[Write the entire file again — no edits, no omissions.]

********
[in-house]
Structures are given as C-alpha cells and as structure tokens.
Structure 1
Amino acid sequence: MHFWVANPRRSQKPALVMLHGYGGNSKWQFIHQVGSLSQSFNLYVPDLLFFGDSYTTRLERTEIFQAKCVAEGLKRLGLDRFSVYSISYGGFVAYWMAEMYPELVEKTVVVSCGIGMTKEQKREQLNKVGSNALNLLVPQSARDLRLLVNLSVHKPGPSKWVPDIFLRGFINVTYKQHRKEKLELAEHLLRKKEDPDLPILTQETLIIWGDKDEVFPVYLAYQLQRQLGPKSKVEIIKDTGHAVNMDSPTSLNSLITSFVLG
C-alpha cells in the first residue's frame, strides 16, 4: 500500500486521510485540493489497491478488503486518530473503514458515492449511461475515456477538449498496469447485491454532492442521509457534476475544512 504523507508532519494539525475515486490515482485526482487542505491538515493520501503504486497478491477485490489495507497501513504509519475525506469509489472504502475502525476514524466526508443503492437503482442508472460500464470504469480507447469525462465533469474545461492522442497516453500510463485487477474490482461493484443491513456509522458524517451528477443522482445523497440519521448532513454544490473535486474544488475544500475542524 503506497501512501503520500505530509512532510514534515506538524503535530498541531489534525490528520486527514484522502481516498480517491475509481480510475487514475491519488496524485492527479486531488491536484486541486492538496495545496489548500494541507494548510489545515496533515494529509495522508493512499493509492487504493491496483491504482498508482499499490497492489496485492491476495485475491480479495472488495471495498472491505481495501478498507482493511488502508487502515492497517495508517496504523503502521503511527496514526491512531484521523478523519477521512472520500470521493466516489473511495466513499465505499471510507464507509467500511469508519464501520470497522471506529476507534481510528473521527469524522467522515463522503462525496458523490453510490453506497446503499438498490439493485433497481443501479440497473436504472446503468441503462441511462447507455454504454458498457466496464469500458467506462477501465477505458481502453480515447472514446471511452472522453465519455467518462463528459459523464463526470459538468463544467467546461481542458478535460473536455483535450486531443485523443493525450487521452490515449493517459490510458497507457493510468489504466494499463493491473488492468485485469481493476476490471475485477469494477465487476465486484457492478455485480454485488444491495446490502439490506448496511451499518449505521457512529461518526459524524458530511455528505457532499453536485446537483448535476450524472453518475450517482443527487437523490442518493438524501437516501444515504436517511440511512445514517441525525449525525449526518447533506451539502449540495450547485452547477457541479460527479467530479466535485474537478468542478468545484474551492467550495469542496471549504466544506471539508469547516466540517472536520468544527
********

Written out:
[in-house]
Structures are given as C-alpha cells and as structure tokens.
Structure 1
Amino acid sequence: MHFWVANPRRSQKPALVMLHGYGGNSKWQFIHQVGSLSQSFNLYVPDLLFFGDSYTTRLERTEIFQAKCVAEGLKRLGLDRFSVYSISYGGFVAYWMAEMYPELVEKTVVVSCGIGMTKEQKREQLNKVGSNALNLLVPQSARDLRLLVNLSVHKPGPSKWVPDIFLRGFINVTYKQHRKEKLELAEHLLRKKEDPDLPILTQETLIIWGDKDEVFPVYLAYQLQRQLGPKSKVEIIKDTGHAVNMDSPTSLNSLITSFVLG
C-alpha cells in the first residue's frame, strides 16, 4: 500500500486521510485540493489497491478488503486518530473503514458515492449511461475515456477538449498496469447485491454532492442521509457534476475544512 504523507508532519494539525475515486490515482485526482487542505491538515493520501503504486497478491477485490489495507497501513504509519475525506469509489472504502475502525476514524466526508443503492437503482442508472460500464470504469480507447469525462465533469474545461492522442497516453500510463485487477474490482461493484443491513456509522458524517451528477443522482445523497440519521448532513454544490473535486474544488475544500475542524 503506497501512501503520500505530509512532510514534515506538524503535530498541531489534525490528520486527514484522502481516498480517491475509481480510475487514475491519488496524485492527479486531488491536484486541486492538496495545496489548500494541507494548510489545515496533515494529509495522508493512499493509492487504493491496483491504482498508482499499490497492489496485492491476495485475491480479495472488495471495498472491505481495501478498507482493511488502508487502515492497517495508517496504523503502521503511527496514526491512531484521523478523519477521512472520500470521493466516489473511495466513499465505499471510507464507509467500511469508519464501520470497522471506529476507534481510528473521527469524522467522515463522503462525496458523490453510490453506497446503499438498490439493485433497481443501479440497473436504472446503468441503462441511462447507455454504454458498457466496464469500458467506462477501465477505458481502453480515447472514446471511452472522453465519455467518462463528459459523464463526470459538468463544467467546461481542458478535460473536455483535450486531443485523443493525450487521452490515449493517459490510458497507457493510468489504466494499463493491473488492468485485469481493476476490471475485477469494477465487476465486484457492478455485480454485488444491495446490502439490506448496511451499518449505521457512529461518526459524524458530511455528505457532499453536485446537483448535476450524472453518475450517482443527487437523490442518493438524501437516501444515504436517511440511512445514517441525525449525525449526518447533506451539502449540495450547485452547477457541479460527479467530479466535485474537478468542478468545484474551492467550495469542496471549504466544506471539508469547516466540517472536520468544527